Mom: “Some homemade tomato sauce, like you made a few weeks ago, only I didn’t have enough tomatoes, so I started with tomato sauce from a jar. I just added a bunch of stuff to make it my own.”

Me: “Hmm, what did you add?”

Mom: “[List of ingredients]… Oh, and sugar.”

Me: “Sugar? But if you started from a jar, it shouldn’t need that.”

Mom: “Oops. Now I know for next time. Why don’t you try some? Your father was just about to sit down and eat, but he got a very important phone call and had to take it upstairs.”

Me: “Sure. Thanks, Mom.”

(I take a plate of the vegetable and pasta dish my mom’s made and try a bite. It’s sickeningly sweet. Imagine the sauce as lumpy, tomato-flavored Kool-Aid.)

Me: *after forcing myself to swallow one bite* “Uh, Mom? How much sugar did you add?”

Mom: “About a cup. I thought that should be enough.”

Me: “It really didn’t need that.”

Mom: “But you said to add sugar!”

Me: *with dawning horror* “I did say that, didn’t I?”

Mom: “Oh, come on. It can’t be that bad.”

Me: “Have you tried it?”

(She hadn’t, so she took a bite. She spat it out in the sink. We ended up rinsing all the sauce off the pasta and vegetables and using sauce from a jar, instead. My dad, who was hiding upstairs in hope that someone else would tell my mom how awful the sauce was, only came downstairs once all the sauce was thrown out.)

Self-Inflicted Refunder Blunder

, , , , | Right | January 31, 2018

(A new tenant recently moved out without notice just a couple days after moving in. She contacts me to get a refund of part of her rent. I remember the tenant well; she paid her first month’s rent with several large money orders and a small personal check. The boss approves the waiving of the 30-day notice policy for this case, in hopes of making the tenant a little happier so she doesn’t badmouth us around town. I call the tenant back to give her the good news, and to let her know that the paperwork has been filed to get her refund.)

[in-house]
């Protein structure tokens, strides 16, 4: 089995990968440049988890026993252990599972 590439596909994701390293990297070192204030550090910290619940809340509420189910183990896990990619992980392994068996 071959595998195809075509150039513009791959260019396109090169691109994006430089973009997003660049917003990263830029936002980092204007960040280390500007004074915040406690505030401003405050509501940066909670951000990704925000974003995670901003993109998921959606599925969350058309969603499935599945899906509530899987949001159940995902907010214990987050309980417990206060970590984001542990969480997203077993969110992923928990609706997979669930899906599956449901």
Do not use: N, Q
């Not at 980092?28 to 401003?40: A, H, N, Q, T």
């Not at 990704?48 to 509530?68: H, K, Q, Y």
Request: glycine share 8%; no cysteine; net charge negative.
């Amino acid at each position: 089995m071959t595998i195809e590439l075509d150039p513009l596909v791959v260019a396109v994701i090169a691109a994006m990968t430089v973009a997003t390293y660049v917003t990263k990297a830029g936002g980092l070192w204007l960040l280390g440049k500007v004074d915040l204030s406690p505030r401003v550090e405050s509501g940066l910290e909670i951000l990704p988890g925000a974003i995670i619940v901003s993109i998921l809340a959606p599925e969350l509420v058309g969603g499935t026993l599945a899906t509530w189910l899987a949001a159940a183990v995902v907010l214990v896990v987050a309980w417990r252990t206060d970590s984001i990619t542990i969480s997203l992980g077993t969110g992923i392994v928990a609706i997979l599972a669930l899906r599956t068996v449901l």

Me: “[Boss] agreed to waive the 30-day notice requirement, so we’ll be able to refund $[amount] to you. I’ve submitted the paperwork to our central office, so a check will be issued next Wednesday and mailed to you.”

Tenant: “What? I can’t wait that long; I have bills to pay at my new apartment! I’ll just come in, and you can write me a check today.”

Me: “Unfortunately, I cannot write a check myself; all our checks go through our central office across the state.”

Tenant: “Hmph. So, I’ll get the check next Wednesday?”

Me: “No, the check will be printed next Wednesday. Unless you want to drive across the state to pick it up, they’ll have to mail it, and it should arrive on Friday.”

Tenant: “Nonsense like this is why I moved out! I’ve never seen another company so incompetent!”

(The next Wednesday, I get a call from my supervisor at the central office.)

Supervisor: “We got notice from [Tenant]’s bank that she stopped payment on her check, so I had to adjust the balance on her account. You’ll need to redo the paperwork on that refund. We’ll just plan on refunding it next week, instead.”

(The purest moment joy in my life was calling the former tenant to let her know that by stopping payment on her check, which we were refunding in full, she had delayed her refund another week.)

Refunder Blunder, Part 32
Refunder Blunder, Part 31
Refunder Blunder, Part 30